2 – As far as I can tell the Hebrews had a view that if you were one of God’s people (in the covenant) you were the recipient of the covenant blessings (land, identity as God’s people, other blessings). If you were not one of God’s people (Gentiles) you were under a curse. The same curse would apply to Hebrews who became like a Gentile. A lot of people would say by not keeping the law but that is probably not the case. To fall out of covenant relationship with God was more tied to not keeping the identifying markers of Judaism (Sabbath, feast days, circumcision, and dietary laws). See Deut 11 I wonder if it almost wasn’t seen as part of their humanity. To see pagan people in a pagan town doing pagan things outside of the covenant and relationship with God was to make them almost inhuman. I am not totally sure about that but I do wonder if that is how they saw outsiders which made them a little easier to kill. See Deut 4:1-14.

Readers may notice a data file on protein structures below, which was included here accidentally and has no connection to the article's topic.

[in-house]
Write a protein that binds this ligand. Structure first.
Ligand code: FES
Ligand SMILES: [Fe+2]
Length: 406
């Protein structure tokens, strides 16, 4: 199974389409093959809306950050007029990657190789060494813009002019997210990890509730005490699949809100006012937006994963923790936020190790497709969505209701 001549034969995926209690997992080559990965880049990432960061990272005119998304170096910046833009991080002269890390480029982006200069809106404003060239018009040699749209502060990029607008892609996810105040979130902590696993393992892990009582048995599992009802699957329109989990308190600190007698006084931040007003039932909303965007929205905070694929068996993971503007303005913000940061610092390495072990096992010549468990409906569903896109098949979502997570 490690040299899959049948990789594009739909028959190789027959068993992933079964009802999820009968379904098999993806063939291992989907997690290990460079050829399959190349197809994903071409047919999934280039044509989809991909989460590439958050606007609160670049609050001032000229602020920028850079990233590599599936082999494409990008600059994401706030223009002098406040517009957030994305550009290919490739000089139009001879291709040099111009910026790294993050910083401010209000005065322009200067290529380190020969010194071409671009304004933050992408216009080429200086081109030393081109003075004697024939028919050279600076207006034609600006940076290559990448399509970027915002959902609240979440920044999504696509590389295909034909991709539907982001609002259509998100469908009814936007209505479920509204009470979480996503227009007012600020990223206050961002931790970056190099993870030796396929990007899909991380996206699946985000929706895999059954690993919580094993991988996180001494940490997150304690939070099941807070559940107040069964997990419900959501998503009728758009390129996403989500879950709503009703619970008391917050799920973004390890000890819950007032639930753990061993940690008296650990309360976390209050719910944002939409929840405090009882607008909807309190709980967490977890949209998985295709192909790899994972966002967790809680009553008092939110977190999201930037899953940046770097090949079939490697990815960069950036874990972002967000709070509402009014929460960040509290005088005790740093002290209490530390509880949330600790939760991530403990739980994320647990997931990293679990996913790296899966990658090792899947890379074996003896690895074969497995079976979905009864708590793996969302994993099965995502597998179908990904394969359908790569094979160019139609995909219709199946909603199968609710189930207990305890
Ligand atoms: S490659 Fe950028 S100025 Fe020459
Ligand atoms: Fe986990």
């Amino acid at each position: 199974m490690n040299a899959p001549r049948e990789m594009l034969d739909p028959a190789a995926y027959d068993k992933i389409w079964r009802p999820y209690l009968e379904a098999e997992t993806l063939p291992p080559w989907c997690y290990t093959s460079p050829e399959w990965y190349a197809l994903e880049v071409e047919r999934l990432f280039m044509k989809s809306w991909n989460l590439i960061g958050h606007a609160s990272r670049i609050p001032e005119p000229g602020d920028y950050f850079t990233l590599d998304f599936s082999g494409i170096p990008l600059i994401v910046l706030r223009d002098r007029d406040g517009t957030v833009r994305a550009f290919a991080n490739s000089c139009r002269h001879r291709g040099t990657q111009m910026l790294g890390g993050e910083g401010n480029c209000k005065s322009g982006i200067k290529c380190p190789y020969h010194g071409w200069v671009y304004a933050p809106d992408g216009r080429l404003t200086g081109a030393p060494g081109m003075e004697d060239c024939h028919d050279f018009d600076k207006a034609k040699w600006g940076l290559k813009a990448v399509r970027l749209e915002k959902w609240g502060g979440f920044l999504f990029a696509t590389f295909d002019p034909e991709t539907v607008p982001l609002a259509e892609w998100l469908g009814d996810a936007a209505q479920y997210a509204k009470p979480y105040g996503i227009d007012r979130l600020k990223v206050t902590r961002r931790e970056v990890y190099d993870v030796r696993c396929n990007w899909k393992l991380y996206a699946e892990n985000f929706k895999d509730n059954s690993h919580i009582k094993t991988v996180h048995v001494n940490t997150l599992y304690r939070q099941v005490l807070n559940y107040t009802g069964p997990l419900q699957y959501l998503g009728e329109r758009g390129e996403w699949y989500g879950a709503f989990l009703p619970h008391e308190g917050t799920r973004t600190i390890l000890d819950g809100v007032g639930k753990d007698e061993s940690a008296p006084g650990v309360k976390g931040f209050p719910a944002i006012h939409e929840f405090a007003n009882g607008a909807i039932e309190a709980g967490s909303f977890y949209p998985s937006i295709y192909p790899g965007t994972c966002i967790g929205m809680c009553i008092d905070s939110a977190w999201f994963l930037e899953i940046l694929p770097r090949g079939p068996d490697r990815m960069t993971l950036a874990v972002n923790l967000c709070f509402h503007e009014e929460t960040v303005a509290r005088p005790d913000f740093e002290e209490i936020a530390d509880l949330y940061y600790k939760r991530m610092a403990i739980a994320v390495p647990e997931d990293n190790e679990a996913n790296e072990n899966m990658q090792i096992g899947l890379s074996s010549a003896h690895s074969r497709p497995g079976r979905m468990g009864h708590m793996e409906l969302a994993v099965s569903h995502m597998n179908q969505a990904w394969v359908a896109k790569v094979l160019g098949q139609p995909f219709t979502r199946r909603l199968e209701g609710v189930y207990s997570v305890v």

Idolatry was another thing that could get God to remove his covenant blessings and promises to his people (Deut 4:15ff, Deut 8, and again Deut 11 – notice he will drive them from the land = remove the covenant promises from them as he promised that land in his covenant to Abraham). This is key because one of the reasons God commanded them to destroy so many people in the Old Testament was the danger of idolatry. God knew that if those people remained in the land they would lead his people astray by following false gods. Notice also that when God’s people went to worship idols even they were to be killed (Deut 13) so this is more than just killing Gentiles. This is about keeping God’s covenant pure and helping mankind live the way they were intended to live – in relationship with God.

    This is a really tough issue that is nearly impossible for us in our culture to get our minds around. Make sure to have a look at the above mentioned passages to try to get your mind around what they had been told by God and how God saw his people and how he saw outsiders and how blessings and curses were given to each. Peter Craigie has a book called The Problem of War in the Old Testament but I don’t know that it is all that helpful but it might give you some good background. I haven’t gotten around to reading it yet.